Home » Law firms need to consider increasing cyber security measures in 2021

Law firms need to consider increasing cyber security measures in 2021

Posted by Jeremy Duffy | 21 December 2020 | Corporate Finance

With more than one cybercrime reported every ten minutes in Australia [i], Nexus Group Principal and legal tech expert Jeremy Duffy discusses the three key things legal businesses need to undertake to start 2021 in a more cyber-secure position.

 

Nexus Group Principal and legal tech expert Jeremy Duffy recently chaired a session on cyber security and legal practice management at the Legal Technology Conference [ii], held by the South Australian Law Society.

The session focused on how law firms can greatly reduce the risk of and damage from cyber-attacks and IT breaches through good online practices and employee education.

“Law firms and legal industry suppliers are high value targets for ransomware and cyber-attacks, as the data they house is always client-confidential and potentially industry-sensitive [iii]; and with the exponential business utilisation of technology this past year, law firms and law firm suppliers are becoming increasingly vulnerable to attack,” said Nexus Principal Jeremy Duffy.

Although the focus of the session was on law firms, Jeremy stresses that the issues raised are similar across all businesses and government generally.

The three key themes which emerged from the cyber security session chaired by Jeremy were:

  • Increased use of technology is leaving firms vulnerable: The impressive increase in technology uptake and use within law firms, such as audio visual and team management platforms, as a result of COVID-19 has significantly increased the risk of cyber-attack.
  • Cyber-attacks are increasingly being socially engineered: The number one enabler of cyber-attacks is ‘social engineering’; a process using deception to manipulate individuals into divulging confidential or personal information for fraudulent purposes. All that is needed is a telephone and Internet connection.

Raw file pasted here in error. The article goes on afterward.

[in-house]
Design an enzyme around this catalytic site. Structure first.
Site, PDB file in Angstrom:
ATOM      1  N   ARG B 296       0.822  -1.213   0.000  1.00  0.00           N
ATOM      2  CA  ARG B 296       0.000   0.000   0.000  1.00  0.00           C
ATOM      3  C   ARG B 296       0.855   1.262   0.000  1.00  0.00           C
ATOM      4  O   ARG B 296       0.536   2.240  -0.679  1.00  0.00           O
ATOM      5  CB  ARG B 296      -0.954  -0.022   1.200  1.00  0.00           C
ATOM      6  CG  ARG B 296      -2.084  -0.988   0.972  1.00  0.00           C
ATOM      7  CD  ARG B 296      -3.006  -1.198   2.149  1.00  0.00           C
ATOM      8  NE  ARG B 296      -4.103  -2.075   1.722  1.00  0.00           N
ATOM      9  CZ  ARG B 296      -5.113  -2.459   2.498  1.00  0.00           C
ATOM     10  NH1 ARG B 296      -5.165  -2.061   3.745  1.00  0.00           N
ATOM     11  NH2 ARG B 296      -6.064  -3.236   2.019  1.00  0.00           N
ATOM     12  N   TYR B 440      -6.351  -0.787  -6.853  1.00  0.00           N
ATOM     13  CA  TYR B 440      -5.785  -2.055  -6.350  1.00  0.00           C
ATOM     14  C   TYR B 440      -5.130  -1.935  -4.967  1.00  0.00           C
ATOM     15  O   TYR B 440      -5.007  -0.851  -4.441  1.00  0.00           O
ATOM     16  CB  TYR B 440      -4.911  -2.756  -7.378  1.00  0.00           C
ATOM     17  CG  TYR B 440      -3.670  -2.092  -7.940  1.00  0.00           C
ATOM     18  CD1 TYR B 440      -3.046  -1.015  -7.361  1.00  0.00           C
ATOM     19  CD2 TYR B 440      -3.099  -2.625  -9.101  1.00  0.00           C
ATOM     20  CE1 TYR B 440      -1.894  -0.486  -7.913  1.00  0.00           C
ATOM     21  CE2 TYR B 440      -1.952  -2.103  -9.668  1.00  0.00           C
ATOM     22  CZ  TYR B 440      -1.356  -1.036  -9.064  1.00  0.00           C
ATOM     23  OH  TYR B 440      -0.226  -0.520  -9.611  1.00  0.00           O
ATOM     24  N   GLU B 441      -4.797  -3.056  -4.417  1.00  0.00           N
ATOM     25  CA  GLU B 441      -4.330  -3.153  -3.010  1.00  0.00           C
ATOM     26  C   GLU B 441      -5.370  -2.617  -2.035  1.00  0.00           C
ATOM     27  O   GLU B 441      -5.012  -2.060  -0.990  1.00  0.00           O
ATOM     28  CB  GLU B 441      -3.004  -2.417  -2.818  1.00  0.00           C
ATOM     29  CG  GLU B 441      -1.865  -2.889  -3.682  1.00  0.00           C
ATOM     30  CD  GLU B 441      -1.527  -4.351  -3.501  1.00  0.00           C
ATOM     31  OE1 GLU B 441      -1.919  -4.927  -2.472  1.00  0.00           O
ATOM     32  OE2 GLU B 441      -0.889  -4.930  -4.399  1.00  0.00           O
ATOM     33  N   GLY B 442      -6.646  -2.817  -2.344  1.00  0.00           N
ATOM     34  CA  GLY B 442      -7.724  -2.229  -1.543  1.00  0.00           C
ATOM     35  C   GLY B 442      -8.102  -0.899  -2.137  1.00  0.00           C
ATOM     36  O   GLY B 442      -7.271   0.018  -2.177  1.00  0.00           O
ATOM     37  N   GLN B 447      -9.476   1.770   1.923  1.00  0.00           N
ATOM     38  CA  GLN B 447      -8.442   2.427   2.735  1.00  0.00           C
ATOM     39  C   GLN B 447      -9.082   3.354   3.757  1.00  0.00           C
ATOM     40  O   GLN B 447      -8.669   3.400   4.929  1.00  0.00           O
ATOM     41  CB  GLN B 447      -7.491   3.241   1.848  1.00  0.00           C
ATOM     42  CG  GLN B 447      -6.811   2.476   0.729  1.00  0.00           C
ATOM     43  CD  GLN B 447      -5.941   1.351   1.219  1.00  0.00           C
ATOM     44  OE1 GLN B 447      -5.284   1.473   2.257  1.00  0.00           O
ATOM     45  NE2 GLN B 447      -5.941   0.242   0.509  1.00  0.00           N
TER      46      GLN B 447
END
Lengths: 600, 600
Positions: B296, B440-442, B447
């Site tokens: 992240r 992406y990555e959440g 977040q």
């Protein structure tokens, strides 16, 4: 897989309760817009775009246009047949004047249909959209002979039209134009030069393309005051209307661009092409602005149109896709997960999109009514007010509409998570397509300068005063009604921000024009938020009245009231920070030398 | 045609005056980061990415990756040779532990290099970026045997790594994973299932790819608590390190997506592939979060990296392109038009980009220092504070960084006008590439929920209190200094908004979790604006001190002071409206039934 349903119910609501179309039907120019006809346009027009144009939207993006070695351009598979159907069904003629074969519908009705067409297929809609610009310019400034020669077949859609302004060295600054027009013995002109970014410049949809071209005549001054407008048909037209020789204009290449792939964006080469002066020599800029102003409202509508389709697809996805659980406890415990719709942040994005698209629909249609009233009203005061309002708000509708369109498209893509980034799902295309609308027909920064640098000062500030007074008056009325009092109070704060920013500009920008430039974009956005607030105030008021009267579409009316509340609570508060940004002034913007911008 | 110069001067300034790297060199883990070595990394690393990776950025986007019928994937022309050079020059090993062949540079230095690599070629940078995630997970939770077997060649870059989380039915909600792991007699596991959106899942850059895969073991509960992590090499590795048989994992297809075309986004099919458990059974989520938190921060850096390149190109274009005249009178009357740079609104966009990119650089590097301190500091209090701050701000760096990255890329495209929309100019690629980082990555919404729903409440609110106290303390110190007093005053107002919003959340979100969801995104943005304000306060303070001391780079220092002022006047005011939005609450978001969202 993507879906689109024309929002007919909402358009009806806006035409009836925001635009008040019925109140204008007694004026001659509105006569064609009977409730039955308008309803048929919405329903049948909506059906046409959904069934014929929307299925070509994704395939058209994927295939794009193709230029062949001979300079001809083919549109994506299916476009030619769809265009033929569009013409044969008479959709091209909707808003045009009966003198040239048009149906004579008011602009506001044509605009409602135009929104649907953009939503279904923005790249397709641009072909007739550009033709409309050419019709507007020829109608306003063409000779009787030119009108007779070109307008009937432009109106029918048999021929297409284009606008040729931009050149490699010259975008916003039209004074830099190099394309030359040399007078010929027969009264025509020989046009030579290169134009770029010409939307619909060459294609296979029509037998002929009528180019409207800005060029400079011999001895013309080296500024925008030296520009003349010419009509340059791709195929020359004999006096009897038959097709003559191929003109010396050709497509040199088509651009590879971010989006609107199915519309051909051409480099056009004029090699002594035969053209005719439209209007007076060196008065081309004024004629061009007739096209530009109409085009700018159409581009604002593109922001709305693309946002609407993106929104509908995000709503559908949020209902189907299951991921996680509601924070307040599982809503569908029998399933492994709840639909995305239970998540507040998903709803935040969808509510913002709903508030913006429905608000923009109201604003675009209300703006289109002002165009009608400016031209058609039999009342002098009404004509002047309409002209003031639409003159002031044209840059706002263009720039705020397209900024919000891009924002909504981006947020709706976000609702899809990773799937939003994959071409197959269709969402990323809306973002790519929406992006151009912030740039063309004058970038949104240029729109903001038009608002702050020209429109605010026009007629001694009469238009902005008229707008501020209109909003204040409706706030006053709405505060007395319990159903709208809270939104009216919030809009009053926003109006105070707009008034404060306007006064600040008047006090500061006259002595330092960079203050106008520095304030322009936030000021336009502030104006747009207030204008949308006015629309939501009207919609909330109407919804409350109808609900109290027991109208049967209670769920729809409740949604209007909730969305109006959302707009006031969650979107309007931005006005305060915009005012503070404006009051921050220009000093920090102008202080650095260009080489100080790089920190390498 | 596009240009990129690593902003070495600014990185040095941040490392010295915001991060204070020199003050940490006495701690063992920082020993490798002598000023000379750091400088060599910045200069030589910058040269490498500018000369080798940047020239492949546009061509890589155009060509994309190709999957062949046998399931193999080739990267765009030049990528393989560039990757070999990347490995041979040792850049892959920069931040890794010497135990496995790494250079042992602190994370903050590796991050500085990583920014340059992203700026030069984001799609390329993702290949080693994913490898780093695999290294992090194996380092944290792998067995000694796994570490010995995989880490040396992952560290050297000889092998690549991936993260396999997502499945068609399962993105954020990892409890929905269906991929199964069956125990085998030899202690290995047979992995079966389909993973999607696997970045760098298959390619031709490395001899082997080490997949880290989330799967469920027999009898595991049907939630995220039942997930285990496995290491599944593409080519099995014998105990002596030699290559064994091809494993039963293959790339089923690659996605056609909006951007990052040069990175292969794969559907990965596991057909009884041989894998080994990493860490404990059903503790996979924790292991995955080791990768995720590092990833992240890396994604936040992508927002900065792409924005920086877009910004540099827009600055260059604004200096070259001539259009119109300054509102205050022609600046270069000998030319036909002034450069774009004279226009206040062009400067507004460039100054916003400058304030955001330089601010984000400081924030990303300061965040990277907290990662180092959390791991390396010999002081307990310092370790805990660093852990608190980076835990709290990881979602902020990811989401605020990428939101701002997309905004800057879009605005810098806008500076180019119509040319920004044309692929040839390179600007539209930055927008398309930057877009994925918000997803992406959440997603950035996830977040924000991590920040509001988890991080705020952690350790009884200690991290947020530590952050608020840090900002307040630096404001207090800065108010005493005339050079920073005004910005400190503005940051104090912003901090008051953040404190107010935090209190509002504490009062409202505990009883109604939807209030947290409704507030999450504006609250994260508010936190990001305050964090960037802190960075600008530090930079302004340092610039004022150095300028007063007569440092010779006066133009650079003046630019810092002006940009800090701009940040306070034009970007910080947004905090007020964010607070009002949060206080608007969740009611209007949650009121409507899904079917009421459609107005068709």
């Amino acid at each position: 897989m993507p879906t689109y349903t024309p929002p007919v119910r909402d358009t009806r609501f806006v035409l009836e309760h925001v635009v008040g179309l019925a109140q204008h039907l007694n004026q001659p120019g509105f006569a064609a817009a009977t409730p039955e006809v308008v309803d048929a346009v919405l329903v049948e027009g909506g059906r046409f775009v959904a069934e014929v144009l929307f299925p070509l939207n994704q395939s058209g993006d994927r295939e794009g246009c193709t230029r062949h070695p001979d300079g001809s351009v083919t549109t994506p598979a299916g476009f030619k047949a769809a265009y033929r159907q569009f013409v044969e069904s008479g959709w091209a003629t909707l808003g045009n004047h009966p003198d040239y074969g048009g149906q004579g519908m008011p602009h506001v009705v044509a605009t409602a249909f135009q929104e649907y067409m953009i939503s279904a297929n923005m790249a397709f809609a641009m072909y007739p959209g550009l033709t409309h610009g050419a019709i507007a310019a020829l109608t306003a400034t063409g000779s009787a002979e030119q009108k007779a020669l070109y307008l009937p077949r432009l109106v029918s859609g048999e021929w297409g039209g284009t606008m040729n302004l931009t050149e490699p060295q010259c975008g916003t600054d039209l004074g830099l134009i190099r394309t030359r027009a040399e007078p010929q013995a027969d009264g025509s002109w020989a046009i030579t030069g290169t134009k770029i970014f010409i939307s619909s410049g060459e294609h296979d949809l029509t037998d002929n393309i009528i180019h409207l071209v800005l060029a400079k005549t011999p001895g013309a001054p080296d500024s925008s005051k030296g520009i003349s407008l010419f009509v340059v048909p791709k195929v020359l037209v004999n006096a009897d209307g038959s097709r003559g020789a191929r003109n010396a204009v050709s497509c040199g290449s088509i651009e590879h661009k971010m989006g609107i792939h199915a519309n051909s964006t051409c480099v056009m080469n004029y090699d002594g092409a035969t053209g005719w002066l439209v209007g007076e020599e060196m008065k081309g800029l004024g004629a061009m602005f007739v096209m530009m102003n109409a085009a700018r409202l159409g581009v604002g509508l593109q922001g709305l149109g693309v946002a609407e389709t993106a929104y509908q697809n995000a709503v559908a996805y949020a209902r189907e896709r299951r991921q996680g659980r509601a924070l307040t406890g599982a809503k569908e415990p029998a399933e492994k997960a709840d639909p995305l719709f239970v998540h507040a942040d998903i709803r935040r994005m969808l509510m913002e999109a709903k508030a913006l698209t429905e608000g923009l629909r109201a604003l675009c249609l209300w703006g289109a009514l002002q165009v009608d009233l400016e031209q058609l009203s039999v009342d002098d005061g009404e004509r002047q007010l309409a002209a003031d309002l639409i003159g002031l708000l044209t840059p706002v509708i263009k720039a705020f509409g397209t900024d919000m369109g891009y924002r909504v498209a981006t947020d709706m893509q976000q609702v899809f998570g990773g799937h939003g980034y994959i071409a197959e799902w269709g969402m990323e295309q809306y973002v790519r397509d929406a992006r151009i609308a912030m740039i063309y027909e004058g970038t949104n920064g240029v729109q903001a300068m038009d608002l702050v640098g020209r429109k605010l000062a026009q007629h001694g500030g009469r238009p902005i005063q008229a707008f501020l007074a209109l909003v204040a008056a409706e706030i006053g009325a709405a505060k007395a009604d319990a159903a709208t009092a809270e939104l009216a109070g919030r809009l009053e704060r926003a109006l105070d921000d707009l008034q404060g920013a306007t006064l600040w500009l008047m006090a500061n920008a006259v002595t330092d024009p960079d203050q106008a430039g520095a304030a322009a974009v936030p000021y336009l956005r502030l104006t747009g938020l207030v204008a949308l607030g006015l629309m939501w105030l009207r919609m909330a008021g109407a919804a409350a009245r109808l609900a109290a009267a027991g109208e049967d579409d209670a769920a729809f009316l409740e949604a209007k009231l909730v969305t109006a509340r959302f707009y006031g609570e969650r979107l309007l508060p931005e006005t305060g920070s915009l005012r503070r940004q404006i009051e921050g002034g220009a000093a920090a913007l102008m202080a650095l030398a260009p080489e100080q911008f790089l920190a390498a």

• The importance of the ‘Essential Eight’ [iv]: The Australian Cyber Security Centre has outlined eight essential practices businesses can and need to do to restrict the possibility of cyber-attack including regular software updating, restricted administration privileges, multi-factor authentication and daily backups.

“The global and social events of 2020 have changed the world forever,” said Jeremy, “The utilisation of technology within businesses and at home increased exponentially and will not diminish going forward. Technology is now a key enabler of business engagement, but it brings with it all of the risks of managing the security and integrity of business data and operations.”

Looking towards 2021, Jeremy said, “As the effects of COVID-19 continue to play out domestically and internationally, the three key things all business owners can do over the Christmas break to start 2021 in a more cyber-secure position are:

  1. Audit your online cyber security defences: “This includes ensuring that all applications are the ‘latest version’, complex and unique passwords and multifactorial authentication are in place where possible, and data backup and retrieval processes are working appropriately and securely”.
  2. Assess which parts of your business may be vulnerable to cyber-attack: “I highly recommend businesses take the time over the break to assess the technologies they use which may be vulnerable to cyber-attacks and to invest in the technology tools and processes available to mitigate risk in those areas.”
  3. Educate all levels of staff on the importance of cyber-security practices: “Develop a staff awareness strategy so that employees can recognise the key cyber security threats, such as social engineering, phishing, watering hole attacks and ransomware infiltration, and collectively guard against them.”

“As well as investing in and integrating the latest IT security technology platforms, one of the best approaches any law firm can undertake to help protect their business from cyber-attack is to ensure their staff are well educated in identifying potential cyber threats, and that their business operations include robust procedures to constantly assess for potential vulnerabilities,” said Jeremy.

Jeremy Duffy sits on the Legal Technology Committee of the Law Society of South Australia.

Resources

[i] abc.net.au, Are Australians at a ‘turning point’ on cybersecurity or still unprepared?

[ii] Australian Cyber Security Centre, Essential Eight Explained

[iii] The Law Society of South Australia, Legal Technology Conference, 22 October 2020

[iv] Lawyers Weekly.com.au; Hackers threaten to leak data from legal services firm, 25 November 2020

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 This publication is © Nexus Law Group and is for general guidance only.
Legal advice should be sought before taking action in relation to any specific issues. 

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